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4.0 out of 5 stars Two Books about the Language of Presidents, 8 Jun 2011
By 
John M. Ford "johnDC" (near DC, MD USA) - See all my reviews
(TOP 500 REVIEWER)   
This review is from: Presidential Voices: Speaking Styles from George Washington to George W. Bush (Paperback)
Allan Metcalf admits he could not decide between two organizational schemes for this book, so he used both. Bad news for the trees, but good news for readers who can alternate between a thematic treatment of the language used by U.S. presidents and an appendix of president-by-president profiles.

The initial chapters divide U.S. presidents by general speaking style. Chapter 1 showcases George Washington, "The Original" whose speeches were formal and brief. Chapter 2 focuses on "The Orators," a group of early presidents who excelled at lengthy, majestic speaking--a style largely abandoned in our age. The four top orating presidents are John Adams, Abraham Lincoln, John Quincy Adams and James Garfield. Warren Harding is honored as "The Great Bloviator" for his grandly tedious orations. Chapter 3, "The Great Communicators," describes presidents who succeeded at technology-enhanced communication through broadcast media. Masters of this art include Teddy Roosevelt, Franklin Roosevelt, John Kennedy and Ronald Reagan. Chapter 4, "The Speechwriters," recognizes presidents who eschewed speechwriters and penned their own public addresses. Thomas Jefferson and Abraham Lincoln stand out in this group. Chapter 5, "The Down-to-Earth President," presents the everyday speech of Andy Jackson, Teddy Roosevelt and Harry Truman.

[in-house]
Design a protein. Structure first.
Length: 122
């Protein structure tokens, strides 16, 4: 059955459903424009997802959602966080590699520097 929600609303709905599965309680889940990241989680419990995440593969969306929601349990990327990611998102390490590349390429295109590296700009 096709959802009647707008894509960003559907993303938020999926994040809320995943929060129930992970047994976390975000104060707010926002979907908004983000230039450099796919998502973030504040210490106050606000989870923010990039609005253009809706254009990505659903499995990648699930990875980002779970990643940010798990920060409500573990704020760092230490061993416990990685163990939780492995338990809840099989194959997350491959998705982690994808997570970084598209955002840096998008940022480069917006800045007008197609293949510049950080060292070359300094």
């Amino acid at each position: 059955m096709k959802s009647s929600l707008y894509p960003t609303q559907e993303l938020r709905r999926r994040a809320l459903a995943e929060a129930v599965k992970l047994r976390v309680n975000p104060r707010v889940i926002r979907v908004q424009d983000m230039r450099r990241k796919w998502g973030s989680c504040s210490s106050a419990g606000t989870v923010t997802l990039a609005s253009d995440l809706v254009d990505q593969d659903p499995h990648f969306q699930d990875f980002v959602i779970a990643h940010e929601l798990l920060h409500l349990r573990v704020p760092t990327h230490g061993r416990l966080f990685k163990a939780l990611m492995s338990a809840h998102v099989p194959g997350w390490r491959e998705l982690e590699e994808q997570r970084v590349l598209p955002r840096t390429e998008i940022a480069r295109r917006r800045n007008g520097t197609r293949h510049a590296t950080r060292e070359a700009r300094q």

The final chapters discuss aspects of presidential speech that are present in each presidency. Chapter 6, "The Blunderers," reviews slips-of-the-tongue and other verbal misadventures, inaugurating George W. Bush the "Blunderer-in-Chief." Chapter 7, "Presidents as Neologists," examines new words coined or popularized by presidents. These terms range from Washington's "administration" to George W. Bush's "misunderestimate." Thomas Jefferson is a clear leader, but the language felt each president's influence. Chapter 8, "Presidential Accents," tracks a progression from Virginia accents through addition of other regions to the present "network English." Chapter 9, "Acting Presidents," examines the dramatic speech of both re-enacted and fictional presidents--and how it sets the public's expectations. The final chapter, "How to Talk Like a President," is a brief tutorial in applying what we have learned about successful presidential speech. It contains an idealized, all-purpose presidential address. The book closes with Metcalf's "second book" of presidential profiles. Each leader is allotted two or more pages of short bio that highlights that president's speaking style.

This book is recommended as a middle-weight treatment of presidential speechmaking. The author has created a readable view of how presidents talk to us. Those wishing for a more analytical treatment are directed to Martin Medhurst's Presidential Speechwriting: From the New Deal to the Reagan Revolution and Beyond or Roderick Hart's The Sound of Leadership: Presidential Communication in the Modern Age.
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